This heavenly army is praising God. The Greek verb here and in verse 20 is aineo, "to praise," with the root idea of "express approval." 34 It may have been a heavenly choir as in popular Christmas lore, but the scripture doesn't explicitly say that they are singing as the angels in Revelation (5:11-13; 15:3). Here they seem to be chanting in unison or speaking (Greek lego, "utter words, say.").

8. The Shepherd's Response (2:15-18)
Now the shepherds have a choice. "When the angels had left them and gone into heaven, the shepherds said to one another, 'Let's go to Bethlehem and see this thing that has happened, which the Lord has told us about.' So they hurried off and found Mary and Joseph, and the baby, who was lying in the manger. When they had seen him, they spread the word concerning what had been told them about this child, and all who heard it were amazed at what the shepherds said to them." (2:15-18)
They hurry to Bethlehem. Where do you find a manger? In a stable, of course. So they check out the stables in this village and come across one with a baby sleeping in it. They meet the Family and share with them their story of the angelic visitation. Then they go and tell others what the angels have told them, just like the villagers did after the remarkable birth of John the Baptist (1:65). The NIV's translation "spread the word" seems to miss the point, which is rendered well in the KJV and NRSV: "They made known what had been told them about this child." The angel's announcement of "a savior, Christ the Lord" is spread throughout the area, resulting in amazement in the hearers.

9. Mary Ponders the Shepherd's Report (2:19)
"But Mary treasured up all these things and pondered them in her heart." (2:19)
If you are Mary, you have much to think about. Luke uses two verbs to describe her thinking process:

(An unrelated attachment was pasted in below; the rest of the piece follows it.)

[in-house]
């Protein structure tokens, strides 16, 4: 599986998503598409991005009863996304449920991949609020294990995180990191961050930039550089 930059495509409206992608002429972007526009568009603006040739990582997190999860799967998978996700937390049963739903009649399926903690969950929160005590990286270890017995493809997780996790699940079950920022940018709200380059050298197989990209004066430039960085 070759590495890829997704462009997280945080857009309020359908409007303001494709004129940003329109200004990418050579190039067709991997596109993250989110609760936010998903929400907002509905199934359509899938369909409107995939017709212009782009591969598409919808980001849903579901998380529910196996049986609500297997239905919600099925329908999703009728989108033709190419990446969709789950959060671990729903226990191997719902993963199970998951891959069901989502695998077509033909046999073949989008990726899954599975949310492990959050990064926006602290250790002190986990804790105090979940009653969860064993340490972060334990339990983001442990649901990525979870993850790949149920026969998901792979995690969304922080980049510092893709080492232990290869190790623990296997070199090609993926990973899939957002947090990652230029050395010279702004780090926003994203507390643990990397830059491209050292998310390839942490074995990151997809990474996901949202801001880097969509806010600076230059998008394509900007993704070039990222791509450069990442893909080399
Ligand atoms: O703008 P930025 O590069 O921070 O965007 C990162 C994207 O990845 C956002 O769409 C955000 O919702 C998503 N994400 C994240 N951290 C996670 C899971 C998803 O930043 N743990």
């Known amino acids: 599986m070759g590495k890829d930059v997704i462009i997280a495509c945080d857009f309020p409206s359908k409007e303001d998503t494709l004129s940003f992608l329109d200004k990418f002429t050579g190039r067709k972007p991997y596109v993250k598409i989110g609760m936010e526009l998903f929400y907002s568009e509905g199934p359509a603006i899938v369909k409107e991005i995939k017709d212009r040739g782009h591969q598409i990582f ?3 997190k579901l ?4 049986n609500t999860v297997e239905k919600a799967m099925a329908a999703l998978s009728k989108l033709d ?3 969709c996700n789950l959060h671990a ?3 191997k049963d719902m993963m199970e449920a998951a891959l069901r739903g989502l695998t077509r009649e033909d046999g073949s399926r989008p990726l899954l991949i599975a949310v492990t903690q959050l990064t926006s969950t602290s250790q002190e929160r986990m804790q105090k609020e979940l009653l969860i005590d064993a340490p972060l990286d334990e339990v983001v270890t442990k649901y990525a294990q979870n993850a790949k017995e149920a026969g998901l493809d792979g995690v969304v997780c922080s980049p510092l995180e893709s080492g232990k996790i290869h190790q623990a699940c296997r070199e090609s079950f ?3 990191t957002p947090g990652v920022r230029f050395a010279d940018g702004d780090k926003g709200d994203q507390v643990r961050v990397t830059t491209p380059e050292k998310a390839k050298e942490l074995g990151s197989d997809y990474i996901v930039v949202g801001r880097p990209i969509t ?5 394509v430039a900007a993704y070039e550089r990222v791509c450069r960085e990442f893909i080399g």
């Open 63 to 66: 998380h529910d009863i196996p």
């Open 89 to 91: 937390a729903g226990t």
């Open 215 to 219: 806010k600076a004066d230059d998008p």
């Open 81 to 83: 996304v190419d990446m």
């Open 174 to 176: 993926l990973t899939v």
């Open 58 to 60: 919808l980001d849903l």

"Treasured up" (NIV) or "kept all these things" (KJV) is the Greek verb suntereo, "to store information in one's mind for careful consideration, hold or treasure up (in one's memory)." 38 "Pondered" is the Greek verb sumballo (a compound word made from sun, "together" and ballo, "throw"), which means here, "to give careful thought to, consider, ponder," something similar to our colloquial "get it all together." 39
Consider what she has to make sense of: (1) her own announcement of the birth by Gabriel (1:26-38), (2) the story of Zechariah's vision in the temple (1:5-25) which she heard when she visited Elizabeth, (3) Elizabeth's prophecy (1:39-46), (4) her own prophetic praise (1:46-56), and (5) Zechariah's prophecy when John the Baptist was born (1:57-79), which she may have been present to hear -- a lot for a teenage girl to integrate into her own understanding and circumstances.

10. Joyful Shepherds (2:20)
"The shepherds returned, glorifying and praising God for all the things they had heard and seen, which were just as they had been told." (2:20)
The final scene in this passage is the shepherds climbing back up the hill to where their flocks lie. The angel had told them what to expect and that's just the way they found it. We leave them glorifying (Greek doxazo, the verb form of doxa discussed in 2:5 and 2:12) and praising (Greek aineo, discussed in 2:13) God.
4. Looking at those Wise Men or Magi in the Right Light.
The problem here is the magi weren’t "wise" in the sense of being sages. Nor were they kings. Nor were there necessarily three. The assumption is that there were three magi since there were three gifts, but this is simply speculation.